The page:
Deferred Gross Profit
Deferred gross profit is an accounting concept that is often encountered in long-term construction contracts and installment sales. It refers to the portion of gross profit that is not yet recognized on the income statement because the earnings process is not complete.
For long-term construction contracts using the percentage-of-completion method, gross profit is recognized in proportion to the percentage of the project completed during the period. The remaining, or deferred, gross profit will be recognized in future periods as more work is completed.
In the case of installment sales, deferred gross profit is the profit from sales where the cash has not yet been collected, or collection is uncertain. The gross profit is deferred and recognized as revenue only when the cash is collected.
Deferred gross profit is reported as a liability on the balance sheet until it is earned, at which point it is recognized as revenue on the income statement. This is in line with the revenue recognition principle which states that revenue should only be recognized when it is earned.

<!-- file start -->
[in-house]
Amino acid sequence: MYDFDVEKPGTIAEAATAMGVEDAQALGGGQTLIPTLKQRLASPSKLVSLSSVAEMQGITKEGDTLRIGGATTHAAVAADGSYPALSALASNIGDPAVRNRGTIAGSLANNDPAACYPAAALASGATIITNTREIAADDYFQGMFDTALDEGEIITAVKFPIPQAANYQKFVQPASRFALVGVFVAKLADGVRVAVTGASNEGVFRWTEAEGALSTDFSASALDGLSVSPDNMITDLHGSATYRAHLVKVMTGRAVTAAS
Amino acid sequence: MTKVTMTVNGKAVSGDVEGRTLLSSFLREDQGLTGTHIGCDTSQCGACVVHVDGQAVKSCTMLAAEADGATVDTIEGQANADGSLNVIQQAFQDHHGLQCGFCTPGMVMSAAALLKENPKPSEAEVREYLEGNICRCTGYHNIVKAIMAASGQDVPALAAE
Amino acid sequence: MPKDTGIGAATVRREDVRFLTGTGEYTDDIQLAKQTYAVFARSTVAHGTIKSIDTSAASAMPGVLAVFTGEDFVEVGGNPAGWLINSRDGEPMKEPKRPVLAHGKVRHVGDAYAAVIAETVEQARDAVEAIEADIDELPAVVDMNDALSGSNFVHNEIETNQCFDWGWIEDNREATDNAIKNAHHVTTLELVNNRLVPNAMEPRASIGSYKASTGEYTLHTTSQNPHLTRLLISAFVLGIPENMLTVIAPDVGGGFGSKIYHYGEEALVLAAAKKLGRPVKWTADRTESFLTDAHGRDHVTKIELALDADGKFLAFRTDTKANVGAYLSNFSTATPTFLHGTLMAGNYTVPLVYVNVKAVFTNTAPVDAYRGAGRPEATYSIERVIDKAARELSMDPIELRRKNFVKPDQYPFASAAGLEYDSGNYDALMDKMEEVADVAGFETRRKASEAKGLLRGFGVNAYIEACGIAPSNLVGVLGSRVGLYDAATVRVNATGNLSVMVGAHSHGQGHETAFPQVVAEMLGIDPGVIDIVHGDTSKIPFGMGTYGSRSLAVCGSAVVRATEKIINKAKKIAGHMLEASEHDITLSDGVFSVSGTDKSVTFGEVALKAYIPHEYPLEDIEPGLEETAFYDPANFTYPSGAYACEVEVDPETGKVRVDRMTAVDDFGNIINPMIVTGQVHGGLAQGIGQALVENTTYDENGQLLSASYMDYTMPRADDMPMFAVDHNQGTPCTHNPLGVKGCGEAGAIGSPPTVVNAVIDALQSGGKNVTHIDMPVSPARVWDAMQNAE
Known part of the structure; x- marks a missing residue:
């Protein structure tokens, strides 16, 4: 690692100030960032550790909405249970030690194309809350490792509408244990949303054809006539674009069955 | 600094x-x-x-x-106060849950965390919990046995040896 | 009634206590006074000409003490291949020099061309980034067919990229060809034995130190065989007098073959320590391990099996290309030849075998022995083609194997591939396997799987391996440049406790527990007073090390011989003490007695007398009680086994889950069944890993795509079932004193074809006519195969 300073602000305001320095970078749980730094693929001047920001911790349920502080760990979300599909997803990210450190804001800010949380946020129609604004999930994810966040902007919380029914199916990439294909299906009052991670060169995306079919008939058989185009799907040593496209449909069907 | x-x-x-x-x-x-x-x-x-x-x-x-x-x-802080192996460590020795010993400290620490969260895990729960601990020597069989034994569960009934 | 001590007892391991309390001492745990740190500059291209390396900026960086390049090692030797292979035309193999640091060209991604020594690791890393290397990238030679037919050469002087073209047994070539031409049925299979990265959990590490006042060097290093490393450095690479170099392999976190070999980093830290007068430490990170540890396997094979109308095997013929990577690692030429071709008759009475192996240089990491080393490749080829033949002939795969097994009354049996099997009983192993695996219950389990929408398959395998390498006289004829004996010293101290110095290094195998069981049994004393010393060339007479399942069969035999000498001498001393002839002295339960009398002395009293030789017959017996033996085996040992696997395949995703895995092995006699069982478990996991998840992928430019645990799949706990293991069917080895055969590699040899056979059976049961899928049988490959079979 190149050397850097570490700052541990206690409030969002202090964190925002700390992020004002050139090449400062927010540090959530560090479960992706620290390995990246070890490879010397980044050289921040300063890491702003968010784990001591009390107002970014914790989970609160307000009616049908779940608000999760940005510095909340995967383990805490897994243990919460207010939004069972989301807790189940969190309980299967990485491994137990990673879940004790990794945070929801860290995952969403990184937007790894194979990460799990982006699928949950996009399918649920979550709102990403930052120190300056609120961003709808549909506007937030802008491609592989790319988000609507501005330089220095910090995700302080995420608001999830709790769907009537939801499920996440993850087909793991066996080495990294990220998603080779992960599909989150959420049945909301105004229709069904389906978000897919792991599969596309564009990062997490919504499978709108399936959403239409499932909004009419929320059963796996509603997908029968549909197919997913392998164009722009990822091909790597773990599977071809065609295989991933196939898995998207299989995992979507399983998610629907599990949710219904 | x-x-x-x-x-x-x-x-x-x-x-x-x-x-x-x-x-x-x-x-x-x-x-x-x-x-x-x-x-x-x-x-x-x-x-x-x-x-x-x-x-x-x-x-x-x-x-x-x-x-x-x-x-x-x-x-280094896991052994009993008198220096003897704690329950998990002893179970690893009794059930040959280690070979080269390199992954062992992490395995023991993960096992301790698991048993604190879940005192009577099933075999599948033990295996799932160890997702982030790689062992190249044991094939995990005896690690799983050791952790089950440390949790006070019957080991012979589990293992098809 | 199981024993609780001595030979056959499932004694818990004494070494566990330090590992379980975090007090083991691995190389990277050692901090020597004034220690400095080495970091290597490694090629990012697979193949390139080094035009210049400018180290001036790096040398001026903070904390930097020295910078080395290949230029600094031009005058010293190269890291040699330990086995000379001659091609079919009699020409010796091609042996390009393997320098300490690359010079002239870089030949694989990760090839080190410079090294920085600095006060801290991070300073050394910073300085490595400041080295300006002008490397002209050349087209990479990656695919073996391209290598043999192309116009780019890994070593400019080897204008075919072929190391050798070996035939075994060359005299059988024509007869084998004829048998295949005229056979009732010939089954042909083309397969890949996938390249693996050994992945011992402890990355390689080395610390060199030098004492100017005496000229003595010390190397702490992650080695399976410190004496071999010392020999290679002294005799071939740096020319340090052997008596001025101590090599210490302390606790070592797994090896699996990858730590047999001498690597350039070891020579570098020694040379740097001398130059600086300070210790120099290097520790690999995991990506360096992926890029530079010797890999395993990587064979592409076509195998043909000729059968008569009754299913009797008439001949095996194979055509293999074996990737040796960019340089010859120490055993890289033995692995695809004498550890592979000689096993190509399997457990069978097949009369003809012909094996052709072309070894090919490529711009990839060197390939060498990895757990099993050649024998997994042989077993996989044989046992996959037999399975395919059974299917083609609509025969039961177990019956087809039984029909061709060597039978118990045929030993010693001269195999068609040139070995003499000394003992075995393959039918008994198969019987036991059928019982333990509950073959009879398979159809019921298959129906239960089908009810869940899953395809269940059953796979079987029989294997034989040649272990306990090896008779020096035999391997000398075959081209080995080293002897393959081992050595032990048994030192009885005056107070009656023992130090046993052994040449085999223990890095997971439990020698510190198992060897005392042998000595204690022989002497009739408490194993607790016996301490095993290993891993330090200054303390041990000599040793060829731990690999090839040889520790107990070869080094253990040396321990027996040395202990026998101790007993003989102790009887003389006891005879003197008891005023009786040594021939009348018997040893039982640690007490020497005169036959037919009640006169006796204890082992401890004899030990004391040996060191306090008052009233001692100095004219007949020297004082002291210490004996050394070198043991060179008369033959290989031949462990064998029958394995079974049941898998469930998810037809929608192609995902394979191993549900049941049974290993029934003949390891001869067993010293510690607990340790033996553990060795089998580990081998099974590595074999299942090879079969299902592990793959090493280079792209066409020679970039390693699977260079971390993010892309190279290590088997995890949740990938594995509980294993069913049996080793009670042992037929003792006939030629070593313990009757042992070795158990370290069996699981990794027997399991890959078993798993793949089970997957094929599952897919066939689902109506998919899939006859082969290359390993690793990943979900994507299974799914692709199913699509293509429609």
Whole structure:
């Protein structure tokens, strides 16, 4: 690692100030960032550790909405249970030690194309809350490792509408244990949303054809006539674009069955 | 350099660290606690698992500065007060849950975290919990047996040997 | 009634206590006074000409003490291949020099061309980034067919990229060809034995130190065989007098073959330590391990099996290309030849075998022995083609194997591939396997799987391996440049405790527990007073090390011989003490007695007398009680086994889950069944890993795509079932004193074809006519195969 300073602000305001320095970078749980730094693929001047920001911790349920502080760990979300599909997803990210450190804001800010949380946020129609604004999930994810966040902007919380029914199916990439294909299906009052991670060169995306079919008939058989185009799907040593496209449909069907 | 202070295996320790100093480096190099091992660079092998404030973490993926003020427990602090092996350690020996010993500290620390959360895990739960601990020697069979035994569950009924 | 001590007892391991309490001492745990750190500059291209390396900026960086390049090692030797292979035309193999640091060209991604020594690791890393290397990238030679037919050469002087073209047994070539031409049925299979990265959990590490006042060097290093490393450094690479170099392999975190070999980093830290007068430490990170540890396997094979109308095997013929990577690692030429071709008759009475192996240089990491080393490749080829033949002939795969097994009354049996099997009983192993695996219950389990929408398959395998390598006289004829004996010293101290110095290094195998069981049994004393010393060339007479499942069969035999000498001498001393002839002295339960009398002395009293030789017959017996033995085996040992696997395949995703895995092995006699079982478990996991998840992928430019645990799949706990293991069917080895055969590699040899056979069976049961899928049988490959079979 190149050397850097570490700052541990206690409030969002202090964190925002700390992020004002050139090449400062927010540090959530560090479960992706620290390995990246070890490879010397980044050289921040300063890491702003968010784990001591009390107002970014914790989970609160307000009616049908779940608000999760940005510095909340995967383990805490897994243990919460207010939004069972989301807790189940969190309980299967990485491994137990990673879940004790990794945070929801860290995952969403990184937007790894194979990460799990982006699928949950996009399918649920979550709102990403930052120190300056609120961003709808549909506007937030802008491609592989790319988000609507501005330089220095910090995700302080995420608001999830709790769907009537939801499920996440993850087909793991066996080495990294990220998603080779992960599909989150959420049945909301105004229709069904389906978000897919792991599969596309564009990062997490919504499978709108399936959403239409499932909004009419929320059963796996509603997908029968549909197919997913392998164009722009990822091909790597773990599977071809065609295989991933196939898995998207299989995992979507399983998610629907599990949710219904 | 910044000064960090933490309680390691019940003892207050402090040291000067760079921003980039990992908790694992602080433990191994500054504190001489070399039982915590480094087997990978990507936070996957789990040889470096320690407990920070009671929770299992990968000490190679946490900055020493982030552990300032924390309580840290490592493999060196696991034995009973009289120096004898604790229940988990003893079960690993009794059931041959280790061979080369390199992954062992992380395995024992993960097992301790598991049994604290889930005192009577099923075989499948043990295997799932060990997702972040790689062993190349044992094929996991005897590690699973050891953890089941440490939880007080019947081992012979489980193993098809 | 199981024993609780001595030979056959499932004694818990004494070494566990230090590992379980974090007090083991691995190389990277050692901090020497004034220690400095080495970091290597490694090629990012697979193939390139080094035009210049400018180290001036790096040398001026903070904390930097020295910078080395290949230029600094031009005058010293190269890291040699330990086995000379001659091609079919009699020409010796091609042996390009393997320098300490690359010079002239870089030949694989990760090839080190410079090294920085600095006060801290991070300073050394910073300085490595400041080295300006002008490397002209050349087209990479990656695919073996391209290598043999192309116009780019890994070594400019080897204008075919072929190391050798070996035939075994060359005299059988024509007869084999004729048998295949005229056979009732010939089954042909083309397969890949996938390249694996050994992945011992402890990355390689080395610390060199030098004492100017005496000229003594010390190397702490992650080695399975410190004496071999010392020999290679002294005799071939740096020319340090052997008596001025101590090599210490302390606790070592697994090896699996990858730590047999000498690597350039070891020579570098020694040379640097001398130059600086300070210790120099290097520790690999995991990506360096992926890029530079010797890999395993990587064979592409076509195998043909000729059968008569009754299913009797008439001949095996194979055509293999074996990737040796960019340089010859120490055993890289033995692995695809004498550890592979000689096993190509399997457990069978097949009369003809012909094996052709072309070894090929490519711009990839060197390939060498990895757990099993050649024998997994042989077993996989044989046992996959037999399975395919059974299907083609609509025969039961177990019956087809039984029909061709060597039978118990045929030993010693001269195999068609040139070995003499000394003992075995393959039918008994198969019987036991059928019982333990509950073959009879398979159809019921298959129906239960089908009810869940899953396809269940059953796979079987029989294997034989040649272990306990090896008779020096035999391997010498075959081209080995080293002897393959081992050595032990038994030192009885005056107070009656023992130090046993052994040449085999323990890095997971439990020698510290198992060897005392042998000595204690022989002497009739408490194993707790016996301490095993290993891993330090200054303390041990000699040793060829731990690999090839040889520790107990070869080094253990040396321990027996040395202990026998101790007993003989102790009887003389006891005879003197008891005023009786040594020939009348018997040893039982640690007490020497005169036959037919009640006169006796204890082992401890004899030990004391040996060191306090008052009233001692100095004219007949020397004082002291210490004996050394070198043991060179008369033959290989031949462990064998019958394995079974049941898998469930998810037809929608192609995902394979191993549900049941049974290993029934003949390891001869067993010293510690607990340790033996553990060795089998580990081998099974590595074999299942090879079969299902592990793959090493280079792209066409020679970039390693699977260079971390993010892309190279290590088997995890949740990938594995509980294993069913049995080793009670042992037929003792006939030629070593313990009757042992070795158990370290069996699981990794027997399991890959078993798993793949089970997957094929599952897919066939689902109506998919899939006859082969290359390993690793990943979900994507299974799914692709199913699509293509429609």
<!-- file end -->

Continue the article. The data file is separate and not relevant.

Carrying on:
Example of Deferred Gross Profit
Let’s consider an example involving an installment sale, which is a common situation where deferred gross profit is used.
Suppose a furniture company sells a custom-made sofa for $5,000 in an installment sale, with payments to be made over the next 5 years. The cost of producing the sofa was $3,000, resulting in a gross profit of $2,000 on the sale ($5,000 selling price – $3,000 cost).
However, since the company will not receive all the cash from the sale immediately, it can’t recognize the entire $2,000 gross profit right away. Instead, it will recognize a portion of the gross profit each year as it receives installment payments.
Let’s say the customer pays $1,000 (20% of the total price) in the first year. The company would recognize 20% of the gross profit, or $400 ($2,000 gross profit * 20%), in the first year.
The remaining $1,600 ($2,000 – $400) of gross profit is deferred gross profit. This amount is reported as a liability on the balance sheet until it is earned, i.e., until more installment payments are received.
In the second year, if the customer pays another $1,000, the company would recognize another $400 of gross profit, reducing the deferred gross profit to $1,200 ($1,600 – $400).
This process continues until all installment payments are received and all the gross profit has been recognized.